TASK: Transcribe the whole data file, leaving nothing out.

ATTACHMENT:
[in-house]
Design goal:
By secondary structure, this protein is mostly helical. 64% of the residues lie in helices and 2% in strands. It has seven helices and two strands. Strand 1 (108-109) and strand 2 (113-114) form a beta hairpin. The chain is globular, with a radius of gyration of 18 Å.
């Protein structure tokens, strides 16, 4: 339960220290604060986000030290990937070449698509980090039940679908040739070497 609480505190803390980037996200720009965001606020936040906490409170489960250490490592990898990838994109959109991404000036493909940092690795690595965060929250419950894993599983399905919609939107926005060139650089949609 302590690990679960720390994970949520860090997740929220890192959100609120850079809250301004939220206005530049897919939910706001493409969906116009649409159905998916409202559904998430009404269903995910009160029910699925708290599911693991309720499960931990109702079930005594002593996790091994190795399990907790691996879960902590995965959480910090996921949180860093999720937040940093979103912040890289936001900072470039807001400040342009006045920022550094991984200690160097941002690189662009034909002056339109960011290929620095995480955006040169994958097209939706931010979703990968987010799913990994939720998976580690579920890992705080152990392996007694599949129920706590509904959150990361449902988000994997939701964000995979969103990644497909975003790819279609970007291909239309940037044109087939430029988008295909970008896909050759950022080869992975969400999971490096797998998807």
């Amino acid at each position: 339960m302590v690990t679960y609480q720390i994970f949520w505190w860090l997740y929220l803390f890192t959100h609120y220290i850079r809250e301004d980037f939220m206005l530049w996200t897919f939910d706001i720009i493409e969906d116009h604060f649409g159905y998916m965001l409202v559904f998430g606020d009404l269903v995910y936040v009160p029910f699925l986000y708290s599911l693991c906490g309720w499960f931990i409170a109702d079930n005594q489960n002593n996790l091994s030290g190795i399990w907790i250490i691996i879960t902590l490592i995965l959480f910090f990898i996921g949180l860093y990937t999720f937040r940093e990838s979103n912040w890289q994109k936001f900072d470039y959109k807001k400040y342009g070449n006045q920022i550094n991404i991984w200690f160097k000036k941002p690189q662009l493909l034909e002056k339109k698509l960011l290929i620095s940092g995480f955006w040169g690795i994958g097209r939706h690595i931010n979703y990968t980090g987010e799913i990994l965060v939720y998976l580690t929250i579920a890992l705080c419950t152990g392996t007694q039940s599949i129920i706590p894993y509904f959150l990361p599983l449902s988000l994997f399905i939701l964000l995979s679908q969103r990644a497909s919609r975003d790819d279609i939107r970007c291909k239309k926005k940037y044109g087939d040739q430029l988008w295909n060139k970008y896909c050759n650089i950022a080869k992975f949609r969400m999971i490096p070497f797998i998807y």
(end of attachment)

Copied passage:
[in-house]
Design goal:
By secondary structure, this protein is mostly helical. 64% of the residues lie in helices and 2% in strands. It has seven helices and two strands. Strand 1 (108-109) and strand 2 (113-114) form a beta hairpin. The chain is globular, with a radius of gyration of 18 Å.
């Protein structure tokens, strides 16, 4: 339960220290604060986000030290990937070449698509980090039940679908040739070497 609480505190803390980037996200720009965001606020936040906490409170489960250490490592990898990838994109959109991404000036493909940092690795690595965060929250419950894993599983399905919609939107926005060139650089949609 302590690990679960720390994970949520860090997740929220890192959100609120850079809250301004939220206005530049897919939910706001493409969906116009649409159905998916409202559904998430009404269903995910009160029910699925708290599911693991309720499960931990109702079930005594002593996790091994190795399990907790691996879960902590995965959480910090996921949180860093999720937040940093979103912040890289936001900072470039807001400040342009006045920022550094991984200690160097941002690189662009034909002056339109960011290929620095995480955006040169994958097209939706931010979703990968987010799913990994939720998976580690579920890992705080152990392996007694599949129920706590509904959150990361449902988000994997939701964000995979969103990644497909975003790819279609970007291909239309940037044109087939430029988008295909970008896909050759950022080869992975969400999971490096797998998807």
């Amino acid at each position: 339960m302590v690990t679960y609480q720390i994970f949520w505190w860090l997740y929220l803390f890192t959100h609120y220290i850079r809250e301004d980037f939220m206005l530049w996200t897919f939910d706001i720009i493409e969906d116009h604060f649409g159905y998916m965001l409202v559904f998430g606020d009404l269903v995910y936040v009160p029910f699925l986000y708290s599911l693991c906490g309720w499960f931990i409170a109702d079930n005594q489960n002593n996790l091994s030290g190795i399990w907790i250490i691996i879960t902590l490592i995965l959480f910090f990898i996921g949180l860093y990937t999720f937040r940093e990838s979103n912040w890289q994109k936001f900072d470039y959109k807001k400040y342009g070449n006045q920022i550094n991404i991984w200690f160097k000036k941002p690189q662009l493909l034909e002056k339109k698509l960011l290929i620095s940092g995480f955006w040169g690795i994958g097209r939706h690595i931010n979703y990968t980090g987010e799913i990994l965060v939720y998976l580690t929250i579920a890992l705080c419950t152990g392996t007694q039940s599949i129920i706590p894993y509904f959150l990361p599983l449902s988000l994997f399905i939701l964000l995979s679908q969103r990644a497909s919609r975003d790819d279609i939107r970007c291909k239309k926005k940037y044109g087939d040739q430029l988008w295909n060139k970008y896909c050759n650089i950022a080869k992975f949609r969400m999971i490096p070497f797998i998807y």